How Much Do You Trust the Government?Commentary by John C Goodman
July 30, 2012
Source: Psychology Today
Just as noneconomists think wages can be set at any level, some people think that any public policy is possible. If wages are judged to be too low, the noneconomist thinks that’s because the business owner is hardhearted. If a public policy is judged insufficiently generous, the person unfamiliar with public choice thinks that public officials are hardhearted. In both cases, the error is the same: the belief that decision makers have enormous discretion when, in fact, they have very little.
The Politics of Spending Decisions
As I discuss in my new book, Priceless: Curing the Healthcare Crisis, in a typical health insurance pool, about 5 percent of enrollees will spend 50 percent of the money. About 10 percent will spend nearly two-thirds. The numbers differ a bit from group to group, but in any given year, a small number of people spend most of our healthcare dollars.
Now suppose you are a Minister of Health. Can you afford to spend half of all healthcare dollars on 5 percent of the voters? Even if they survive to the next election, they may be too sick to get to the polls and vote for your party.
From a political point of view, the answer is clearly “no.” The inevitable political pressure is to skimp on care for the sick to spend on benefits for the healthy. Put differently, the politics of medicine pushes decision makers to underprovide to the sick so they can overprovide to the healthy.
That is why it is easier to see a primary care physician in Britain than it is in the United States but harder to see a specialist and much harder to access expensive technology. In the 1970s, the British invented the CAT scanner and for a while supplied half the world’s usage (probably with government subsidies). But the National Health Service bought very few CAT scanners for use by British patients. The British (along with the United States) also invented renal dialysis, but today Britain has one of the lowest dialysis rates in all of Europe.
The Politics of US Medicare
In the US Medicare program, policymakers achieve through patient cost sharing what other countries achieve through the rationing of services: They punish the sick to reward the healthy. For example, although basic Medicare pays for many minor services that most seniors could easily afford to purchase out of pocket, it leaves the elderly exposed to thousands of dollars of catastrophic costs. This is exactly the opposite of how insurance is supposed to work.
Medicare’s hospital deductible is $1,156. Seniors experiencing an extended stay lasting more than two months, however, are required to pay $289 per day in cost sharing. This increases to $578 per day after three months, and Medicare pays nothing in hospital costs for patients who stay more than five months.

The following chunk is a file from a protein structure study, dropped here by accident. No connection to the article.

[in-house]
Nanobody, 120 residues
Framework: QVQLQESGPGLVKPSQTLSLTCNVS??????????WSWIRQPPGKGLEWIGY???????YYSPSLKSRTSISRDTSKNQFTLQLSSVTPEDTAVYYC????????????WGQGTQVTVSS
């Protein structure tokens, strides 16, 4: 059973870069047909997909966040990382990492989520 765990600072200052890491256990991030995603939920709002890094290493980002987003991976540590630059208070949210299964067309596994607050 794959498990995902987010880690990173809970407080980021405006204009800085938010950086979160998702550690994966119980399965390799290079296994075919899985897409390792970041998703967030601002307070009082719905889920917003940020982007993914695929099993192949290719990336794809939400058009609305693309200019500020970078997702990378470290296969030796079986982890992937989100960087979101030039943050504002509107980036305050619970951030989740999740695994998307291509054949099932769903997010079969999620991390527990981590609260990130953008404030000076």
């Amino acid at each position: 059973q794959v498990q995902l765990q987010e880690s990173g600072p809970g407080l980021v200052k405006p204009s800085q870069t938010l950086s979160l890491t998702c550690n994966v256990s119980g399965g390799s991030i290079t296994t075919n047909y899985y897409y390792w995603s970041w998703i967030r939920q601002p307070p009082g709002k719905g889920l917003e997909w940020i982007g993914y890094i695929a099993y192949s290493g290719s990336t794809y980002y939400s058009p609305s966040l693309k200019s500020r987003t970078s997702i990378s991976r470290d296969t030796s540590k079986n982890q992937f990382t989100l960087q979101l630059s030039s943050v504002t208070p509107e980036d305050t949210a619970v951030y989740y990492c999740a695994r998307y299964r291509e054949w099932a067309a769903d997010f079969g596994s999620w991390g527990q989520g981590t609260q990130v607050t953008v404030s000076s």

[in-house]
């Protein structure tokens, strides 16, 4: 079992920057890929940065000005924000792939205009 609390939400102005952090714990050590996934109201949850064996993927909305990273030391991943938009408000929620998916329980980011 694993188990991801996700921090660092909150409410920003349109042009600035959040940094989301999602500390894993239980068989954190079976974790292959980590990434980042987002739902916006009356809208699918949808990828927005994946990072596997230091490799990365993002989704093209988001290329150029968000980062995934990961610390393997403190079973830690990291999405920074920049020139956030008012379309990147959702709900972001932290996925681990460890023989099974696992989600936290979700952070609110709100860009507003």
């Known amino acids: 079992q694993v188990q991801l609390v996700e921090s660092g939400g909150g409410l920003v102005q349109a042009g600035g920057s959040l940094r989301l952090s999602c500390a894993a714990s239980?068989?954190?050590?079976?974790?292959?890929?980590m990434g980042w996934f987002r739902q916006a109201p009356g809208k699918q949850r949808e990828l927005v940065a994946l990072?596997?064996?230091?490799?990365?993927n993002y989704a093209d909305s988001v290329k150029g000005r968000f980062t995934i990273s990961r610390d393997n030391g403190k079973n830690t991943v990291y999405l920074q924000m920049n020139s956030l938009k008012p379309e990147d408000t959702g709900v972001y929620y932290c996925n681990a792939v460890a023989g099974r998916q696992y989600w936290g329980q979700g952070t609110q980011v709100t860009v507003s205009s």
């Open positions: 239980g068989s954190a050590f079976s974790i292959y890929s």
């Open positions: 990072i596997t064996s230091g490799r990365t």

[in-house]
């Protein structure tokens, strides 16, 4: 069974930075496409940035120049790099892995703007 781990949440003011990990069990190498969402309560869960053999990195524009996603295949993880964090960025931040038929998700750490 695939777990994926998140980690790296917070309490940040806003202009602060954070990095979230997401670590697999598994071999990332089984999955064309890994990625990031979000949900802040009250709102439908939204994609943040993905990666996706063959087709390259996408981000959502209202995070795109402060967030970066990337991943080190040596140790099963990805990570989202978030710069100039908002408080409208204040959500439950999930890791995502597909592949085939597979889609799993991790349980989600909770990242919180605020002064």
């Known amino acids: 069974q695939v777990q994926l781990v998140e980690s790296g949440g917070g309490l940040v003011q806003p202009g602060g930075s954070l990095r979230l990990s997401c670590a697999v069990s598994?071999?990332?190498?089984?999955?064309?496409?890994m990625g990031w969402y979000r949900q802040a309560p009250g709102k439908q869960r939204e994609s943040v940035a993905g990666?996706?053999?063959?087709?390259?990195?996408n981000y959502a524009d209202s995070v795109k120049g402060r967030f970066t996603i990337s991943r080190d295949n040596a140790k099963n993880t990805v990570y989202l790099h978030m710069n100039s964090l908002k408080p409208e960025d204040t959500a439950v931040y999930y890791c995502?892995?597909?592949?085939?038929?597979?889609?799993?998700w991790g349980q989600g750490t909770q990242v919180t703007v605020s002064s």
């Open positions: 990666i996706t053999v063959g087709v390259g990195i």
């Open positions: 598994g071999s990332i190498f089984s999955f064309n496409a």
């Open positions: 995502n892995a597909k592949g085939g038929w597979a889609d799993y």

When the federal government began regulating Medigap insurance (which fills the gaps in Medicare), Congress forced insurers to follow the same pattern. Medigap must pay small bills, but seniors can still experience thousands of dollars in out-of-pocket costs.
The pattern is repeated in the new Medicare prescription drug program (Part D). A “donut hole” exposes the relatively sick to significant out-of-pocket expenses for no other reason than the political desire to provide first-dollar coverage to the relatively healthy. In 2012, the maximum deductible for a Medicare Part D plan is $320. Once the deductible has been met (not all plans have a deductible), Medicare Part D pays 75 percent of the next $2,610 in drug spending until total drug expenditure is $2,930. The donut hole reflects drug spending that falls between $2,930 and $4,700. Until 2012 it was the responsibility of the enrollee to pay all costs inside the donut hole. The Patient Protection and Affordable Care Act created a new benefit in 2012 that pays for 50 percent of the costs. After $4,700 in total drug spending, Medicare Part D enrollees pay only a modest co-pay of $2.60 and $6.50 for each prescription. The donut hole is slated to close by 2020, however.
The Medicaid Exception
It is not uncommon for Medicaid programs to underpay doctors and overpay hospitals. Or they underpay hospitals less than they underpay doctors. In either case, this limits the availability of doctor-provided primary care and drives low-income patients to hospital-based services. How can we explain this apparent exception to the pattern described above?
If low-income people don’t vote, or if they always vote for the same party, politicians won’t compete for their votes. That means the only significant political pressure comes from providers; and hospitals seem to be much better at pursuing their interests in politics than doctors.